Job: HR Manager
Organisation: When this was researched, the Home Office, now Department for Digitial, Culture, Media and Sport
Years in Public Service: 16
My name is Bea Morgan and I was lucky enough to get the chance to research the History of Women in the civil service. I have been invited to write this blog because I wrote the research paper on the History of Women in the Civil Service
How did I get that opportunity?
I found myself in the position of being in redeployment and had no idea which direction to take. So I took the opportunity to request some coaching. I was encouraged to offer to try something different through work shadowing.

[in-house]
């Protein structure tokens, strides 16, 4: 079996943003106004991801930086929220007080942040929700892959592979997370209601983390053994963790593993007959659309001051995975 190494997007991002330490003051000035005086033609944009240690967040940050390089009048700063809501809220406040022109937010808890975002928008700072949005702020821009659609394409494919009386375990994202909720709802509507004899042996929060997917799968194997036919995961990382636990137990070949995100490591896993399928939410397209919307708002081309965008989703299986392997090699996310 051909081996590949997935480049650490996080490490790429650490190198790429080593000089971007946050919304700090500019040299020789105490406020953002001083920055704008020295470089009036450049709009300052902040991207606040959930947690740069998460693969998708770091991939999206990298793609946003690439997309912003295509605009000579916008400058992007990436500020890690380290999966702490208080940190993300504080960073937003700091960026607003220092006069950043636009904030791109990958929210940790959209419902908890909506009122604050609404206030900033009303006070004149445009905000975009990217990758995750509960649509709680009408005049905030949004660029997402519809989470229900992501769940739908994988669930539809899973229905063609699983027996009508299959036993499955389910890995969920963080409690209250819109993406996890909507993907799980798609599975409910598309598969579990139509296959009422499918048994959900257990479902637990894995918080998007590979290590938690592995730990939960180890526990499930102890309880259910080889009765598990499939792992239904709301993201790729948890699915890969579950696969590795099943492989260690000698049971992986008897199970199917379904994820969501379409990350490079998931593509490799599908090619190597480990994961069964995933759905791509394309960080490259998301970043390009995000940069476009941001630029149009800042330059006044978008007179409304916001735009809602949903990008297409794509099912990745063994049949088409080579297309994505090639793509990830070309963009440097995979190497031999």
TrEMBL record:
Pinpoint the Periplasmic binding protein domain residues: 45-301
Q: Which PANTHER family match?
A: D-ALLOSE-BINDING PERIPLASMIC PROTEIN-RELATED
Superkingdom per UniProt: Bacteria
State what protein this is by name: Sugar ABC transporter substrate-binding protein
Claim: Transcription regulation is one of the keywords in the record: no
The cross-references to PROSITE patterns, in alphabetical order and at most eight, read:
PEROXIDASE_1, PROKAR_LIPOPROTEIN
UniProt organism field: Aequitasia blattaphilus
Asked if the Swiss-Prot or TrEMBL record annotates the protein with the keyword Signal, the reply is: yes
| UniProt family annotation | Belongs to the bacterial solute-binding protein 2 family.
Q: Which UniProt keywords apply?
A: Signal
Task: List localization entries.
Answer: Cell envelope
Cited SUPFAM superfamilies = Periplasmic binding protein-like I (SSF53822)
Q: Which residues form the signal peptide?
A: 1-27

I chose to ask if I could do a presentation for Home Office Women on the history of women in the Home Office. Luckily for me the then chair of Home Office Women said "no, I would like a report". That report grew into the research paper that so many people have now read.
So what inspired me to make that suggestion?
I had been to Civil Service Live the previous summer and there was an exhibition on the history of the civil service, but there was very little information on women.
I knew that few women would have been employed in the civil service in the early days and that women had been involved in all sorts of industries during the wars. So I was interested in researching what role women had taken in the Home Office since it’s beginning.
Me in a paragraph or two!